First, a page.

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Mike:"Not true at all. Most of the first buyers were hobbyists and engineers who built them from kits."


The first MITS kit with a 8008 processor...or was it a 4004, cost $500 in the 1974 timeframe, right.

No 'poor person' was going to buy one, especially when you got done with it, it required bootstrapping with the 18 switches on the front panel, in machine language, anything to get a program into it.

The Apple II home computer was..what, over a thousand bucks when you bought the monitor.

The IBM PC was well over a thousand bucks if not more.....

THe RAdio Shack TRS-80 would set you back $2000 if you bought disk drives, the expansion interface, the extra 24K of memory, a printer (dot matrix).....and a black and white monitor. Programs cost extra, typically $100 or $200 for a Fortran or COBOL or other compiler. Had one of them late 70s.....$$$$$ but I was a geek and could afford it.

No 'poor person' rushed out and bought them. Almost no one did other than geeks and a few business folks.


The HP 'scientifc' PCS in the early 80s cost $2300 or more each. We bought some of them at work. Many NOT to have IBM PCs with the accounting folks would always 'want to borrow'..... fixed them. Of course, they were obsolete in 3-4 years anyway.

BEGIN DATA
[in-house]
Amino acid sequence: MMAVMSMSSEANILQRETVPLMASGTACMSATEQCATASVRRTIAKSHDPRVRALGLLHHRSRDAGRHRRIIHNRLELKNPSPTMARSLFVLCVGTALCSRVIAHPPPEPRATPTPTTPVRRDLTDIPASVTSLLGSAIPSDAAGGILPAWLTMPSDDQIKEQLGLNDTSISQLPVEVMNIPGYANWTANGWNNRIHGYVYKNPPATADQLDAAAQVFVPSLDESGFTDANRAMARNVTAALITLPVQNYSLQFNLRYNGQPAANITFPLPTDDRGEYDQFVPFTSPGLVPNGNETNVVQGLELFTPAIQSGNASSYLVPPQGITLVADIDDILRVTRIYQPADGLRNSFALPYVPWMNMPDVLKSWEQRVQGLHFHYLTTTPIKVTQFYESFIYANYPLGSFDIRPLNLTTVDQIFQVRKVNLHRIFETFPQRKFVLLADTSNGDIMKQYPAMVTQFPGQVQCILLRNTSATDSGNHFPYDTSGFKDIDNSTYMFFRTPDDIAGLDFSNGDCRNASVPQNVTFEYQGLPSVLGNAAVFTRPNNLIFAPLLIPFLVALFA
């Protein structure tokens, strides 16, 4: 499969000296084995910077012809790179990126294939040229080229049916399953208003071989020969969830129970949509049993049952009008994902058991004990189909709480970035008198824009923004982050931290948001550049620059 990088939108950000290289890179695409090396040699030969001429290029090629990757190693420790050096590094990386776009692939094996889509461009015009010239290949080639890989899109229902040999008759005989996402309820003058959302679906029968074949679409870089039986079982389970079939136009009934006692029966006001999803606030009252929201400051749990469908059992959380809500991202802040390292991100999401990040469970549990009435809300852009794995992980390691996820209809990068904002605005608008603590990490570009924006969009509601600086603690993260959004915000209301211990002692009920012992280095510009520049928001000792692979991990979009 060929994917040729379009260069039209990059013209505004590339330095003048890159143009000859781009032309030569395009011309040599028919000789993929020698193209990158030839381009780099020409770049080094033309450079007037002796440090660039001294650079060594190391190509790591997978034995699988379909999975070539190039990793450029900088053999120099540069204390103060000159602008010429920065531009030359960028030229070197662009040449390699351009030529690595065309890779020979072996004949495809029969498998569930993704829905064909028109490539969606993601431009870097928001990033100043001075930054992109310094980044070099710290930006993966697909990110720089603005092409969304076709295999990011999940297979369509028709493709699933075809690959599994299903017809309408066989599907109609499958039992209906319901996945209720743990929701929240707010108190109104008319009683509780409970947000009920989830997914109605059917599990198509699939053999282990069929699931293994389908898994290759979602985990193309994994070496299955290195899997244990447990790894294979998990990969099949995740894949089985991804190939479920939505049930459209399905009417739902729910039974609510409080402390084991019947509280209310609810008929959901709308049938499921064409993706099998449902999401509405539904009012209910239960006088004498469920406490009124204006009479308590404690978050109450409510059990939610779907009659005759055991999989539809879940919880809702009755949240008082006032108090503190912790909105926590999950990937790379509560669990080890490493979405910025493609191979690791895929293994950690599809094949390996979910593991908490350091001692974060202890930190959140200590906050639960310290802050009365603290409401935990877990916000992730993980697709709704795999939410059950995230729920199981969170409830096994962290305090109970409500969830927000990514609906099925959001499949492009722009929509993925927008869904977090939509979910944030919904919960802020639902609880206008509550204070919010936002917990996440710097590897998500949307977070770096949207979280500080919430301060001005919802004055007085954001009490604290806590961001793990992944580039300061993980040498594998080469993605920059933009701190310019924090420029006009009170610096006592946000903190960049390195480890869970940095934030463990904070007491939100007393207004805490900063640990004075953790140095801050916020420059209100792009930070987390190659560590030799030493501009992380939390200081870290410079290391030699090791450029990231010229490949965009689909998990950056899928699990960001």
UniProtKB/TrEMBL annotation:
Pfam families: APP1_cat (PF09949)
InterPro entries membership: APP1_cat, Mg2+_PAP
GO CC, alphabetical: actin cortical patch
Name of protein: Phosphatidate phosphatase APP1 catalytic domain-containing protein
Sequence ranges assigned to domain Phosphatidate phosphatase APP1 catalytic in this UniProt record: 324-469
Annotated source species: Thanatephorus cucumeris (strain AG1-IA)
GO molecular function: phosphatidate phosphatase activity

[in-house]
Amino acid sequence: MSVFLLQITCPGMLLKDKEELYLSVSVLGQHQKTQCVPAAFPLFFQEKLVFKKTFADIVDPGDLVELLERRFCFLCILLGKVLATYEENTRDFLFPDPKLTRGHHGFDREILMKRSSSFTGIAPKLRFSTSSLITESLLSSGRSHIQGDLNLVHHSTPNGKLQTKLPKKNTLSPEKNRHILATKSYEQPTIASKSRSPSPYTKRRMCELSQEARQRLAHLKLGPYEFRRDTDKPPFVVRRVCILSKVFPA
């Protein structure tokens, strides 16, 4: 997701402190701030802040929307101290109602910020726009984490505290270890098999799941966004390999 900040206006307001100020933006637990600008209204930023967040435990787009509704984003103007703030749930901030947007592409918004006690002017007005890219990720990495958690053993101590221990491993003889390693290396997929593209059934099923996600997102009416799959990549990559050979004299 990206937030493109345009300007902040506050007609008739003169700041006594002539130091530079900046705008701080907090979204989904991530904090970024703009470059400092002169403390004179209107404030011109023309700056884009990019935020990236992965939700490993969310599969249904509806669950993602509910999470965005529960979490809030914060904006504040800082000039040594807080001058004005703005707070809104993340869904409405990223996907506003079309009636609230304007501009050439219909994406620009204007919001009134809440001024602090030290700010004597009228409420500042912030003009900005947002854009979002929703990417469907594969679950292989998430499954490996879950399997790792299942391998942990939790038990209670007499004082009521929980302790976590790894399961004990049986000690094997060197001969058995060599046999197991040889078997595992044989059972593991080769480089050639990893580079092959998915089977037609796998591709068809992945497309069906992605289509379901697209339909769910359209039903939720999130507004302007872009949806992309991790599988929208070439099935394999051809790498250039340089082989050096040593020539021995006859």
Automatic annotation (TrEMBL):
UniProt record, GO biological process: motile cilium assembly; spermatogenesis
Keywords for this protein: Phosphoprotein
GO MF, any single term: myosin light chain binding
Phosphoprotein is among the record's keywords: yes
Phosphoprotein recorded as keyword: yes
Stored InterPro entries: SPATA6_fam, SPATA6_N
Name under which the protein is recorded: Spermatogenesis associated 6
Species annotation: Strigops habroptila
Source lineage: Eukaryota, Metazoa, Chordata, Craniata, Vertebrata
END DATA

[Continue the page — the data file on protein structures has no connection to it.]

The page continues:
The IBM XT , by the time you got it equipped with 10m disk drive and monitor, would set you back $2000.. Had one of them about 1985. Not cheap.

Same for an AT machine.....another $2000


The TRS-80 model 100 'personal computer' (laptop) was $2000. And that back in the 80s when salaries were half of what they were today. No 'poor person' or 'low income person' bought one. Plus there was no internet. THere were 3 email providers - MCI. Compuserve and someone else, I forget....and that was it. Simple email, no attachments.....

Now, even a minimum wage earner can buy a computer with a week's worth of earnings. That's a new one. Used one for 1/3rd or 1/2 of that.


t.
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